10 curiosities about chestnuts

One of the most traditional traditions of my Colegio Mayor was (and I think it is still) the castañada. At the end of October or the beginning of November, for one night all the schoolgirls gathered around a television that was located by the fireplace where Don Jesús, our beloved janitor, roasted chestnuts for everyone.

The films were chosen by a democratic system consisting of adding sticks to various proposals that were noted on a sheet of paper hanging in the cafeteria. Those with the most sticks won. Simple. Actually, as you can imagine, the movie was the least of it.

Chestnut is the  rarity  of nuts, with a nutritional profile more similar to that of cereals due to its high percentage of complex carbohydrates. For this reason, in the Middle Ages, populations that lived in places with many chestnut trees and little access to cereals, used them as the main source of carbohydrates. According to some historians, everything changed when the potato arrived, which came from America and revolutionized everything.

It is one of the nuts with the lowest caloric content. 

This is because practically 50% of its composition is water, while in walnuts, for example, it is 18.5%. On the other hand, chestnuts contain 2.6 grams of fat per 100 g compared to 59 grams of walnuts. What did I just brighten up your day for? Let’s not go so fast.

2. Unlike other nuts, its omega-3 fatty acid content is very low. 

Well ladies and gentlemen, not everything is jauja and the low fat content has a toll: the omega-3 content, so appreciated in nuts, is insignificant in the case of chestnuts.

3. It is not especially rich in any vitamin or mineral.

Although there are those who praise its calcium content, at the moment of truth, taking into account that huge amounts of chestnuts are not eaten, it is not very significant.

Its phosphorous content is also notable but it is not exactly a mineral for which there are general deficiencies (for the same reason it did not make much sense when the phosphorus content of a certain delicatessen product was recently advertised).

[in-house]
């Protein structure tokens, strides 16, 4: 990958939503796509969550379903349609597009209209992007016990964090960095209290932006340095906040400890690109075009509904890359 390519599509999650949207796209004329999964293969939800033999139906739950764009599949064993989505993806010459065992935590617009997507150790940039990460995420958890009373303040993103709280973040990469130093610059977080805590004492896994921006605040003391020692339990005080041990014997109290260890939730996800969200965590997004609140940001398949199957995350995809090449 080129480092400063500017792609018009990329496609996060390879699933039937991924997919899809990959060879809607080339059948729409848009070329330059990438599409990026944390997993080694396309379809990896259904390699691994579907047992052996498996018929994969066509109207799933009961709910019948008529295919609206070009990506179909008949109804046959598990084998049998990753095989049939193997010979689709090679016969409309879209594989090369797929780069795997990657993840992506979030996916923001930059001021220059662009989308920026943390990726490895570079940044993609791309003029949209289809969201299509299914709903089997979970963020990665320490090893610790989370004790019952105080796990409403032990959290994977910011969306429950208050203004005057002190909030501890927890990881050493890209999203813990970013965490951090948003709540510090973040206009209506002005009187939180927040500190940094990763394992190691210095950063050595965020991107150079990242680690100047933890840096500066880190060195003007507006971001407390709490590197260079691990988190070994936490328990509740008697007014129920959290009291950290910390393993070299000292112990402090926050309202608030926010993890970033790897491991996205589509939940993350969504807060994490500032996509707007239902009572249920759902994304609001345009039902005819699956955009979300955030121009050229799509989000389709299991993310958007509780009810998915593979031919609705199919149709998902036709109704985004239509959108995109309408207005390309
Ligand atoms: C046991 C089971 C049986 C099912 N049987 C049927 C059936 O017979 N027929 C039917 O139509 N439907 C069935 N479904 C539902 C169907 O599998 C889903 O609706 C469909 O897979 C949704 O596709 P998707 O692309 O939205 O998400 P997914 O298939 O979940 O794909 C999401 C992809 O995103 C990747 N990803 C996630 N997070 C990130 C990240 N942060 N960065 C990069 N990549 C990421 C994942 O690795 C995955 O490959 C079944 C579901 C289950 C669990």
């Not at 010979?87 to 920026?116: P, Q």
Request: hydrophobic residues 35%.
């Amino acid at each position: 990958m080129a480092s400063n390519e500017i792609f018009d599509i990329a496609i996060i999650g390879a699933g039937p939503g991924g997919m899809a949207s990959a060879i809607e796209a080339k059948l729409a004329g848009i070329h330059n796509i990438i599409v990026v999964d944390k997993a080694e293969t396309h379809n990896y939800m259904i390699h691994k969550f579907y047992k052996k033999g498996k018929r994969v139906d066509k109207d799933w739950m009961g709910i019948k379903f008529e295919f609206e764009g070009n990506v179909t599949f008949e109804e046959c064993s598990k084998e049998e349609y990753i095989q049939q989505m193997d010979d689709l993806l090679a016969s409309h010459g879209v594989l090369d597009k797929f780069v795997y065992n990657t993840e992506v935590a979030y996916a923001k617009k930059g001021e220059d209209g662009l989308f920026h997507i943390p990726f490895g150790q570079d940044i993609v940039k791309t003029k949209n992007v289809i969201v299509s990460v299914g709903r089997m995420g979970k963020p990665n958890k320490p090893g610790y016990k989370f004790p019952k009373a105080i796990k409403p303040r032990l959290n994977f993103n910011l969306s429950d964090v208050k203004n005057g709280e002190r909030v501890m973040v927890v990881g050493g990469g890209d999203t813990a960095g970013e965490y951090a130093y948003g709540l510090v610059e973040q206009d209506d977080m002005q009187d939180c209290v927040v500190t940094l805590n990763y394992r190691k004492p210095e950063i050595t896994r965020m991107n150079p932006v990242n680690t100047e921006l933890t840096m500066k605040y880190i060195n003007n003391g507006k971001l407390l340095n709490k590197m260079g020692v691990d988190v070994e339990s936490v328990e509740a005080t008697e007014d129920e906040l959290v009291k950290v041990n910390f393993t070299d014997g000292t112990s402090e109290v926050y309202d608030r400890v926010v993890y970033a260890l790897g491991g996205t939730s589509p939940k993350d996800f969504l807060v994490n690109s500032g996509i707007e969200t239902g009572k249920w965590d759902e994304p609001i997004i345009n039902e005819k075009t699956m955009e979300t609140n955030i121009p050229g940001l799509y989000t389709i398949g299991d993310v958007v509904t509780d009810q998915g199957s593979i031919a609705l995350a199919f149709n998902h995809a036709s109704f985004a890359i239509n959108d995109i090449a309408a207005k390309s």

4. There are brand name chestnuts.

Although Chinese chestnuts are spreading like wildfire due to their price, when we go shopping it is worth knowing that in Spain we have two brand chestnuts (most appreciated by chefs for their gastronomic characteristics): the  Protected Geographical Indication «Chestnut from Galicia »  And the  Guarantee Mark« Castaña de El Bierzo »

5. Raw peeling is a drama for cooks.

It is recommended to cut them in the shell and put them in boiling water or even boil them directly in the microwave as explained by Su of fried webos in this tutorial .

6. Chestnuts can be frozen.

Chestnut lovers are in luck, chestnuts in August! We can follow the steps in point 6 and freeze them without shell or freeze them even with the shell. In this case, it is convenient to cut them in the shell so that they can be roasted directly without waiting to defrost them (if we don’t, they may burst ).

7. Pilongas are dried chestnuts.

In Galicia traditionally they were dried in smoke in the so-called sequeiros, losing up to 20% of water and it was a way of conserving them for the whole year. The case is to be able to continue eating chestnuts in August.

8. Raw chestnuts contain tannins that can be irritating at the intestinal level.

To avoid this, it is recommended to allow about a week to pass after its collection.

 9. Chestnut stalls are regulated.

It is not as simple as a gentleman arriving and setting up a stove on the corner of Calle Alcalá and Goya. In Madrid, they are specifically regulated by this ordinance  in which it is explained that the only permanently authorized street food stalls are the churrerías, the ice cream parlors, the roasted chestnut stalls and the melon and watermelon stalls. My dear food trucks are out of the ordinance.

10. Chestnut recipes.

I do not know if they will be the best, but here I present the ones that won the “Cociña con castaña de Galicia” contest  . Given that they are true experts in the field, it may be worth taking a look at them.

** EYE! It is important not to confuse the chestnuts that we talk about in this post, that is,  the chestnuts that are eaten, with those that abound in our parks and fields these days. An example of a false chestnut is the one we see in this image, photographed this weekend in Cabanillas (Segovia) by my friend Antonio (practically at gunpoint without really understanding why).


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